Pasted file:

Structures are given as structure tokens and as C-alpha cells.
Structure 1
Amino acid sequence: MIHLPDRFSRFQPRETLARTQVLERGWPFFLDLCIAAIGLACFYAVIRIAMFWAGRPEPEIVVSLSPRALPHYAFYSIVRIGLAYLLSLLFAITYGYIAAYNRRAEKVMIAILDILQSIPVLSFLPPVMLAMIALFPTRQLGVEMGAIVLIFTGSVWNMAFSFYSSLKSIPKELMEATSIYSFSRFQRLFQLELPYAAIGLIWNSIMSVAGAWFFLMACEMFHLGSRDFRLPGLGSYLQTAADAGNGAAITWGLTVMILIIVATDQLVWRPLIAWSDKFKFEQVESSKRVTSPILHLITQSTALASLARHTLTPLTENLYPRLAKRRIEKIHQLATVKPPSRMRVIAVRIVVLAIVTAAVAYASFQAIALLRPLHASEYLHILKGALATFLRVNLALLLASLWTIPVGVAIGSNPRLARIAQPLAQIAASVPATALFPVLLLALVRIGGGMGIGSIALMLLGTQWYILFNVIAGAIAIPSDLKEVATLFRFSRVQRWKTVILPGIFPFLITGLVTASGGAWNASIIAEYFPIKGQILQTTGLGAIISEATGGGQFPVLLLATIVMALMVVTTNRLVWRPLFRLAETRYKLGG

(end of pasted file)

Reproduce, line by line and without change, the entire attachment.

Structures are given as structure tokens and as C-alpha cells.
Structure 1
Amino acid sequence: MIHLPDRFSRFQPRETLARTQVLERGWPFFLDLCIAAIGLACFYAVIRIAMFWAGRPEPEIVVSLSPRALPHYAFYSIVRIGLAYLLSLLFAITYGYIAAYNRRAEKVMIAILDILQSIPVLSFLPPVMLAMIALFPTRQLGVEMGAIVLIFTGSVWNMAFSFYSSLKSIPKELMEATSIYSFSRFQRLFQLELPYAAIGLIWNSIMSVAGAWFFLMACEMFHLGSRDFRLPGLGSYLQTAADAGNGAAITWGLTVMILIIVATDQLVWRPLIAWSDKFKFEQVESSKRVTSPILHLITQSTALASLARHTLTPLTENLYPRLAKRRIEKIHQLATVKPPSRMRVIAVRIVVLAIVTAAVAYASFQAIALLRPLHASEYLHILKGALATFLRVNLALLLASLWTIPVGVAIGSNPRLARIAQPLAQIAASVPATALFPVLLLALVRIGGGMGIGSIALMLLGTQWYILFNVIAGAIAIPSDLKEVATLFRFSRVQRWKTVILPGIFPFLITGLVTASGGAWNASIIAEYFPIKGQILQTTGLGAIISEATGGGQFPVLLLATIVMALMVVTTNRLVWRPLFRLAETRYKLGG